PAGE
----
In the News – 13 Jun. 1991 – The Ellis County Star

Bukovina Society Gets New Headquarters

Thursday – June 13, 1991 * VOLUME 42 – NUMBER 34

Posted with permission of the Ellis County Star, Hays, KS 67601
July 4, 2002

When the Bukovina Society of Ellis county hosts its third annual Bukovina Festival July 11-14, it will have a new headquarters and museum to showcase.

Last week, one of the last pieces of the project for the facility fell into place when the Ellis City Council voted unanimously to pay for all utilities at the new headquarters, and, said Oren Windholz, project chairman, the facility at the First Congregational Church building in Ellis will be open by late June.

Windholz said the society will base itself on the upper floor of the church where it will play artifacts such as pictures and possessions of early Bukovina pioneers, have a computer holding genealogical records of descendants and conduct regular business of the society.

“It’s not a pure tourist center,” Windholz said. “Actually, it’s headquarters where someone can work out of and it’s tourable because of the types of things we collect.”

He added he thought it would be more “on par with the Chrysler, (Boyhood) Home” in Ellis as far as a tourist attraction.

For the third-year, all-volunteer staff organization, the new facility is important for two main reasons. “First, we had nothing (for a headquarters), rotating around offices and homes. Second, we now, have a place where people who come back to visit can associate with their heritage,” Windholz said.

Because there is no current monument to the Bukovina ethnic background, Windholz said, the new facility will serve as “an identity point for people of this heritage.”

Response so far to the move, according to Windholz, is “very positive.” He said he felt the round of applause given after the Ellis City Council assistance was approved was “indicative of the wide-spread support of the city.”

In fact, Windholz sees the Chrysler home and the museum headquarters as attracting tourists for each other. People who tour one are “likely” to visit the other, he said. “It’s compatible to have more of those things compliment each other,” he said.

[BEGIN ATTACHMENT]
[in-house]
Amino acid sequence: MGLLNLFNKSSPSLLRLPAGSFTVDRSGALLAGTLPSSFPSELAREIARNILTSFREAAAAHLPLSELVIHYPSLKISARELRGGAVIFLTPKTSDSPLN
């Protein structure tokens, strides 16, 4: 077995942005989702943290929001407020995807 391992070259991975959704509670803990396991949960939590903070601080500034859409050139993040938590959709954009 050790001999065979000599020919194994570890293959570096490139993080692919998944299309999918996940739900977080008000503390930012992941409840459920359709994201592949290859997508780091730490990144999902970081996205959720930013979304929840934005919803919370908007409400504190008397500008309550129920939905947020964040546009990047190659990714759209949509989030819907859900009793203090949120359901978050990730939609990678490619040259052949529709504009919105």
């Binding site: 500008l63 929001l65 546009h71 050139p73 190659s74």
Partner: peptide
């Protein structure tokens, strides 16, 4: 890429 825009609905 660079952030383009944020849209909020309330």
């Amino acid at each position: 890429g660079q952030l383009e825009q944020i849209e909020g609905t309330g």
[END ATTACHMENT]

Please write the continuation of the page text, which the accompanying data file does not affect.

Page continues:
When beginning the search for the new headquarters this’ past Winter, Windholz said the organization didn’t look at “a lot of places” before deciding to try to get the church location.

Members of the society are descendants of Lutheran and Catholic Germans who migrated to Bukovina, Austria and then to Ellis. According to Windholz, 600 people make up the group’s mailing list, with about 300 of those being active members. The society boasts members in half of the states, Canada and Mexico.

The society has as its major project each year the annual Bukovina Festival. Over the first two years of the gathering, 350 and 400 people respectfully attended the festival, which includes traditional songs, meals and entertainment, said Windholz. This year, authentic German dancers will be added, and the number attending looks to rise, Windholz added.

Working with the society on part of the festival is the Hays Convention and Visitors Bureau, and, said Windholz, “it’s that type of support that makes it easier to run a volunteer organization.”

According to Windholz, the identities of Bukovina and Volga Germans of the area are quite parallel since most left Germany at about the same time and migrated to the U.S. within 10 years of each other.